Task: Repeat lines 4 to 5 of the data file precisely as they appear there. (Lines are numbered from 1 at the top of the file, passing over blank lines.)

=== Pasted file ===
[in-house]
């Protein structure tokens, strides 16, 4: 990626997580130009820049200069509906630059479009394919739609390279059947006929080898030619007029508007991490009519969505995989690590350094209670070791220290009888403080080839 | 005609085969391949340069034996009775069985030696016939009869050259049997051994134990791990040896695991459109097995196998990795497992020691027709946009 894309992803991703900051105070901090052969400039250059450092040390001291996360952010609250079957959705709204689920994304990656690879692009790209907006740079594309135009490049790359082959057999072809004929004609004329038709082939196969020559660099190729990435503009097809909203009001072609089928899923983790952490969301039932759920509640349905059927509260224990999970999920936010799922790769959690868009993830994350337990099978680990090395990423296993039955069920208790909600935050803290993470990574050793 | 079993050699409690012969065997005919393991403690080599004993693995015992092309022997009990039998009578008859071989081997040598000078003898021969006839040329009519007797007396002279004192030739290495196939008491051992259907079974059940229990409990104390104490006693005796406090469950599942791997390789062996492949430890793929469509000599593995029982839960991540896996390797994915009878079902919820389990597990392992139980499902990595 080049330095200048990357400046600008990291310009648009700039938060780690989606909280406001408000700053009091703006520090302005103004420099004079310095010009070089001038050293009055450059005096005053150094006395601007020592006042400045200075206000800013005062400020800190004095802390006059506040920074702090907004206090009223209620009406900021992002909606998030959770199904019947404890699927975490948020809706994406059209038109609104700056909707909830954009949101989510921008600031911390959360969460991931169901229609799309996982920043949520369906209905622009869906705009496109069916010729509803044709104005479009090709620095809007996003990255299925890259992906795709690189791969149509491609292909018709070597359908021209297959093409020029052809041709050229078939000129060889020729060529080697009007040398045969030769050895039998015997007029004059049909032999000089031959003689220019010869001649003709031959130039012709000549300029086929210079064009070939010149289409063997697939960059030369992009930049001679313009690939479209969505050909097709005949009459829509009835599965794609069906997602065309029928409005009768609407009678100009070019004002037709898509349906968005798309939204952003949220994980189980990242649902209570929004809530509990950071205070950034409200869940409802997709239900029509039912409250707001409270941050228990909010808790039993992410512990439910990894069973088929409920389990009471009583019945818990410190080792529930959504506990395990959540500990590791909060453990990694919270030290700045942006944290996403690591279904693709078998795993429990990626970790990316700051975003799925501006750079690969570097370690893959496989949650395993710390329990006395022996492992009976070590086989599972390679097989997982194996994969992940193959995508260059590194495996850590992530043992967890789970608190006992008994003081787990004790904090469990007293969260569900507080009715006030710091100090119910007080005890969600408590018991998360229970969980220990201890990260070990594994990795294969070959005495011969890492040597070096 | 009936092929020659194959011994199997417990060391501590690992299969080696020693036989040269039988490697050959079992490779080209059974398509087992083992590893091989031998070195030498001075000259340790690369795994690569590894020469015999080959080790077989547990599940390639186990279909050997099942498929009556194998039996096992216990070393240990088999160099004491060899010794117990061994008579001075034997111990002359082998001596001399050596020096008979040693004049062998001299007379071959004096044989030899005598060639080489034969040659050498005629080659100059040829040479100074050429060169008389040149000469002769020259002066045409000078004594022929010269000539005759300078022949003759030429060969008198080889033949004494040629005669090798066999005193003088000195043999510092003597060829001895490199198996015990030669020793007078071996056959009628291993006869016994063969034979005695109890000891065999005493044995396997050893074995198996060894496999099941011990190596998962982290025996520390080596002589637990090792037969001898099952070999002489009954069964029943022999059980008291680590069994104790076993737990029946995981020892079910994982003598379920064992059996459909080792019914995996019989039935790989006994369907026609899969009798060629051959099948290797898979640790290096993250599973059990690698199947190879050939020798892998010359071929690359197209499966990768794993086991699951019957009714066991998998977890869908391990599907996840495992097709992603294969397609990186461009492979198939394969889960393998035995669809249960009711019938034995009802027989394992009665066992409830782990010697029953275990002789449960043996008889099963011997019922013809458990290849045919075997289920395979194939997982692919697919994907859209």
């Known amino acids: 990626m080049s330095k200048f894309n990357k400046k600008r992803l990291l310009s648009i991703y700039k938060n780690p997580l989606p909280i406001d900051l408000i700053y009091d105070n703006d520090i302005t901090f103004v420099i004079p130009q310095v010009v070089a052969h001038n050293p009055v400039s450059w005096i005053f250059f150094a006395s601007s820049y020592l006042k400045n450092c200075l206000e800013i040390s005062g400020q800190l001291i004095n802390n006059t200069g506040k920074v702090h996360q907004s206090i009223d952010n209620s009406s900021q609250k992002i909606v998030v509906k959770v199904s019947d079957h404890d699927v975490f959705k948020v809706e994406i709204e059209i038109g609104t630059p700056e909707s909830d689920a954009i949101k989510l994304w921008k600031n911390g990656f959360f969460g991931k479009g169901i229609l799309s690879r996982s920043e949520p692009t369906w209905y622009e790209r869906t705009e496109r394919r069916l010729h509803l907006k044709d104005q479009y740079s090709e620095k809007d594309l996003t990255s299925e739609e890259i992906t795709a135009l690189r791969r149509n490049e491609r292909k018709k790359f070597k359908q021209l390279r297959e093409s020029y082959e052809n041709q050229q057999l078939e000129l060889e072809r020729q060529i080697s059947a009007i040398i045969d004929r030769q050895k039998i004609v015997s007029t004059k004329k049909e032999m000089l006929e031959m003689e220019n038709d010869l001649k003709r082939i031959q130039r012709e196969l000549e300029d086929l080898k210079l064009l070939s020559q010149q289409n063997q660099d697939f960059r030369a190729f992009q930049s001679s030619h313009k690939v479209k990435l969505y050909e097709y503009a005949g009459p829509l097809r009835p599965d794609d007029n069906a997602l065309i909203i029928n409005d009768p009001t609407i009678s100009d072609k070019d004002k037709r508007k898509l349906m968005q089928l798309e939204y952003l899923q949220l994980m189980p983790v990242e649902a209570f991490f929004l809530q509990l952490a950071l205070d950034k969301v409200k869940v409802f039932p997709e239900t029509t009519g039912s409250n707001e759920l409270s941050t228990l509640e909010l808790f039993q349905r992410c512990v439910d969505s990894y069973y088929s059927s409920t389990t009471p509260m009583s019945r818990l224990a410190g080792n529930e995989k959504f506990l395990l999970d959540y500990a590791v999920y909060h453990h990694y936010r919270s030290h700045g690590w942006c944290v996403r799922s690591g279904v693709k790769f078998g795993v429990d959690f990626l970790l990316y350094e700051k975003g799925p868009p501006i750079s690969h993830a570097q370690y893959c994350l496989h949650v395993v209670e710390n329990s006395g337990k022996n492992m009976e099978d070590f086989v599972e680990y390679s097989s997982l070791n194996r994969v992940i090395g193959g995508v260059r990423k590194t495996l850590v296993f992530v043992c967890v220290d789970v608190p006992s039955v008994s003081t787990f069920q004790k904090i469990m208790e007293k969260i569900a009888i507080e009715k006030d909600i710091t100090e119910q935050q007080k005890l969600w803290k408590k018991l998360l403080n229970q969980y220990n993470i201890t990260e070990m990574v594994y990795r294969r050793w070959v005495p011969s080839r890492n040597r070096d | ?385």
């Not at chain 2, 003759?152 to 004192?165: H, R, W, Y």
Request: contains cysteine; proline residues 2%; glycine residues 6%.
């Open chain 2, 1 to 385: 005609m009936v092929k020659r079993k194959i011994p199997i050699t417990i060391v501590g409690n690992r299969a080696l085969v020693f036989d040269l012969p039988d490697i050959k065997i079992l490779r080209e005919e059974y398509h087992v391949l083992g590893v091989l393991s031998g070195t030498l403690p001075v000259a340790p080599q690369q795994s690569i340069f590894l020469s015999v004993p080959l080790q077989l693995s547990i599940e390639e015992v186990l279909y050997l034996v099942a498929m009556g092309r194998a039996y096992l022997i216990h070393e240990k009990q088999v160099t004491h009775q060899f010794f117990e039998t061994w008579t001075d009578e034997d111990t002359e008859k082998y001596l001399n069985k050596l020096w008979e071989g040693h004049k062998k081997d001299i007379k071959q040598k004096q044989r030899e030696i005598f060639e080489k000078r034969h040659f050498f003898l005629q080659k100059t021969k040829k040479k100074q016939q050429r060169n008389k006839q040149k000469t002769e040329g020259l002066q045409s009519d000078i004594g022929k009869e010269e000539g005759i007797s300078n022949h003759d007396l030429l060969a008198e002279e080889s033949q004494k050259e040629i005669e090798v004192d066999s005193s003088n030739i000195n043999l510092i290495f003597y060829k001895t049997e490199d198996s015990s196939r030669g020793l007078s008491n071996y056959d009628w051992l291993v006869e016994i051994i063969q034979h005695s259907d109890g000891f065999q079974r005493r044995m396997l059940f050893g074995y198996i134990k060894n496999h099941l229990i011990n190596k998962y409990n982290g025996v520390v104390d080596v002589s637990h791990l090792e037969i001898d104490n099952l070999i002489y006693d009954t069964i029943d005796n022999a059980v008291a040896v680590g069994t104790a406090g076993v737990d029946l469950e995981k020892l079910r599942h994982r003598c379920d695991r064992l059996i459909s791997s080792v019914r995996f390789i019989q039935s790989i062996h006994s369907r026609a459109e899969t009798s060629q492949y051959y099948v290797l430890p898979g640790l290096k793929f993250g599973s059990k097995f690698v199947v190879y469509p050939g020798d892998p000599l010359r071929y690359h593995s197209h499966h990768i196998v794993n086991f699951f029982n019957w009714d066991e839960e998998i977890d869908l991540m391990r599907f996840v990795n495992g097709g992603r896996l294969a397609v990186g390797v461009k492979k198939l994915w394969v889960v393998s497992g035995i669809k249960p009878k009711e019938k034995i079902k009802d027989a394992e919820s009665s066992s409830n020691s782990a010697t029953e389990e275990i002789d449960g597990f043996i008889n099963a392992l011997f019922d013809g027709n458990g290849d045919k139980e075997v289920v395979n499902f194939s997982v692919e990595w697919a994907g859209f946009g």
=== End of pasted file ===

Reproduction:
């Not at chain 2, 003759?152 to 004192?165: H, R, W, Y």
Request: contains cysteine; proline residues 2%; glycine residues 6%.